Response by UK Airlines to CBI Aviation Report

July 16th, 2010

Response by UK Airlines to CBI Aviation Report

BATA, the trade association for UK airlines, welcomes the important contribution the CBI report “Green Skies Ahead” makes to the debate on aviation and the environment. Although aviation contributes only about 2.5% to global CO2 emissions, it is important that aviation continues the excellent record it has achieved in recent years in developing a sustainable future.
BATA welcomes CBI’s recognition that a global problem is best addressed with a global solution, such as a ‘cap and trade’ scheme to replace the Government’s tax on aviation. Further increases in the Government’s tax on flying planned for November risk pricing ordinary families out of flying.

The rates of Air Passenger Duty have more than DOUBLED in the last four years.

Simon Buck, chief executive of the British Air Transport Association (BATA), said:

“There is no justification for any increase in the current APD rates or overall tax take which is already providing £2 billion a year for the Treasury – an amount forecast in the June 2010 emergency Budget to increase to £3.8 billion by 2015/16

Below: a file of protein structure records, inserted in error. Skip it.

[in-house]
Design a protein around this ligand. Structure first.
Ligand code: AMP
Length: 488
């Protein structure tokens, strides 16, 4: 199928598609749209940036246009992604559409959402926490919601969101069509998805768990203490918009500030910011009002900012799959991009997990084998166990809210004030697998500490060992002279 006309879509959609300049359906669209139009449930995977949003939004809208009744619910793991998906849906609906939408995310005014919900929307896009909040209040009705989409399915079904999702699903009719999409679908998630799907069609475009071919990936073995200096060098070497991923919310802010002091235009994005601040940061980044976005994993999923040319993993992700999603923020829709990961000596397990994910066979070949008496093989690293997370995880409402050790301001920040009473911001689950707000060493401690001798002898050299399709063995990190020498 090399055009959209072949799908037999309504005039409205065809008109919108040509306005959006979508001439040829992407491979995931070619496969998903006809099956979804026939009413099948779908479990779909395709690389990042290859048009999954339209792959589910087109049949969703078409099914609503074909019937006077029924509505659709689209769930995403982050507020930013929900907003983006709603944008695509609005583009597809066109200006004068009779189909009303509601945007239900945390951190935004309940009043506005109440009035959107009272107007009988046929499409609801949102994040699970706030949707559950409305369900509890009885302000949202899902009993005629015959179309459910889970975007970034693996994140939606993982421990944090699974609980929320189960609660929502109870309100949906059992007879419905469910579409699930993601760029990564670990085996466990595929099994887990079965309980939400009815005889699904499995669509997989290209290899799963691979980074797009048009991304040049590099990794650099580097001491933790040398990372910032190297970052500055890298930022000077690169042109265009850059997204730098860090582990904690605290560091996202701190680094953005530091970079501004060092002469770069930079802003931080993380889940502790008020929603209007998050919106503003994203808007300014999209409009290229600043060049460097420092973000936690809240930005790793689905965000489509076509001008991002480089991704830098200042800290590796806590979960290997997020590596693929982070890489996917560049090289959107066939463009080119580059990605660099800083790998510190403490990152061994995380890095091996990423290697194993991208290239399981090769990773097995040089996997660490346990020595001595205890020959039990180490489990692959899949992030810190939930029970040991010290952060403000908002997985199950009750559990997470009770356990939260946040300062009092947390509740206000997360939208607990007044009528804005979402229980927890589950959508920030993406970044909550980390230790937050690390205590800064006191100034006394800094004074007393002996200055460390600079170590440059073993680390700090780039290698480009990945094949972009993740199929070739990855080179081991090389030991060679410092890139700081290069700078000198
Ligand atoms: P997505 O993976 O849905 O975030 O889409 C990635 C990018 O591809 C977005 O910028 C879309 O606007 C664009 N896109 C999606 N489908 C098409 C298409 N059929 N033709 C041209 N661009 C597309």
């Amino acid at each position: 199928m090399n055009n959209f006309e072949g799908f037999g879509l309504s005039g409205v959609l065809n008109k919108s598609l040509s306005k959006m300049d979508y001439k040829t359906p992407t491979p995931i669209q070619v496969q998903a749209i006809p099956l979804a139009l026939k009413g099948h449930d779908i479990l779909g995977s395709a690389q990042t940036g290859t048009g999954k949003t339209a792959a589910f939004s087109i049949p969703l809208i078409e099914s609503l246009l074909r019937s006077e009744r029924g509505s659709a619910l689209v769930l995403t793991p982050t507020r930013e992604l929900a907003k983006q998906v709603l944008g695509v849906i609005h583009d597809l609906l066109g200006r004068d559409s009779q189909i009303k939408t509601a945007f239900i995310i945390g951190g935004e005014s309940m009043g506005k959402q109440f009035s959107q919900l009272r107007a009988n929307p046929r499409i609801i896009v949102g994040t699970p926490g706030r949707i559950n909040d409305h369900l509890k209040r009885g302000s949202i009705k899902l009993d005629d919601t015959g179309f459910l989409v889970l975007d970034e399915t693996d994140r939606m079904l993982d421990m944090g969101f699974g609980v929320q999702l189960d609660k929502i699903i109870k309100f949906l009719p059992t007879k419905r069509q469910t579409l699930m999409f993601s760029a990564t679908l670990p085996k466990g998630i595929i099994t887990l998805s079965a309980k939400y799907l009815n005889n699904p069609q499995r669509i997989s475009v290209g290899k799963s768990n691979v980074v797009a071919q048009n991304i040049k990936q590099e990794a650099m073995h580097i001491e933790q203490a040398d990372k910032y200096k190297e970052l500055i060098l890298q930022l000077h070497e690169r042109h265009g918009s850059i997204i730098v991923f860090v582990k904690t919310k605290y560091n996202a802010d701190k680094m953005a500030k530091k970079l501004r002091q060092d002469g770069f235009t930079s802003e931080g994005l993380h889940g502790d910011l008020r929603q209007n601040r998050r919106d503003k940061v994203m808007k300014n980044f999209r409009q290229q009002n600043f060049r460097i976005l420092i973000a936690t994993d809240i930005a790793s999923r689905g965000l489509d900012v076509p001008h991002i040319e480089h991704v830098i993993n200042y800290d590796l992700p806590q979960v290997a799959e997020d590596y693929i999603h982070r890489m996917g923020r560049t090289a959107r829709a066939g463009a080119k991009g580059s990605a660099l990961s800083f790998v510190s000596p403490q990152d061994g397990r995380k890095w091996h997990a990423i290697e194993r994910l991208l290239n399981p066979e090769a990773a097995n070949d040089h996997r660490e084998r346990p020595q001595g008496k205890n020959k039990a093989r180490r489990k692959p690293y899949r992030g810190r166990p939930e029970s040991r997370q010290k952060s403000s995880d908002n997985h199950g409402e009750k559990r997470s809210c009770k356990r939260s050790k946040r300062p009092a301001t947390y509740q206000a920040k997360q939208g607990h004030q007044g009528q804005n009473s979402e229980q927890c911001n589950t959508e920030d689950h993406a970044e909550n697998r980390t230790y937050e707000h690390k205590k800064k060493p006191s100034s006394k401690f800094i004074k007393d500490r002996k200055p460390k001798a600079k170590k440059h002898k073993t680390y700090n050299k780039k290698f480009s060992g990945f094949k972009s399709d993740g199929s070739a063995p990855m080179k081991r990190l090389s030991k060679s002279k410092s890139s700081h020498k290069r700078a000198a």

Hard working families planning to go on holiday or travelling to see friends and relatives will be affected most by any further increases in tax. For example, a family of four flying on a sunshine holiday to Florida now pay £180 in tax on top of their air fares. This will increase to £240 from November. If they were travelling premium economy, this rate would increase to £480. Such dramatic increases risk pricing ordinary families out of flying altogether.” 

BATA and its members recognise that airlines should meet the assessed cost of their environmental impact.

The UK Government regularly assesses the climate change costs of UK aviation (all departing flights). In July 2008, the DfT published figures (“Aviation Emissions Cost Assessment”) which
demonstrated that Air Passenger Duty (APD) income more than covered the full climate costs, including an allowance for non-carbon effects. Despite this assessment, the Government plans to further increase APD rates in November 2010.

APD or any replacement tax should be phased out from 2012 when aviation enters the EU Emissions Trading Scheme. Imposing a unilateral UK national tax on air travel when the industry will be paying for its emissions through the ETS at a European level will simply be taxing passengers and the industry twice

Aviation supports over half a million jobs across the UK and any increase in taxation on air travel puts these jobs under threat as services and routes become uneconomic or unviable. Increased tax in the UK also puts Britain’s international businesses at a competitive disadvantage as the UK struggles to emerge from recession.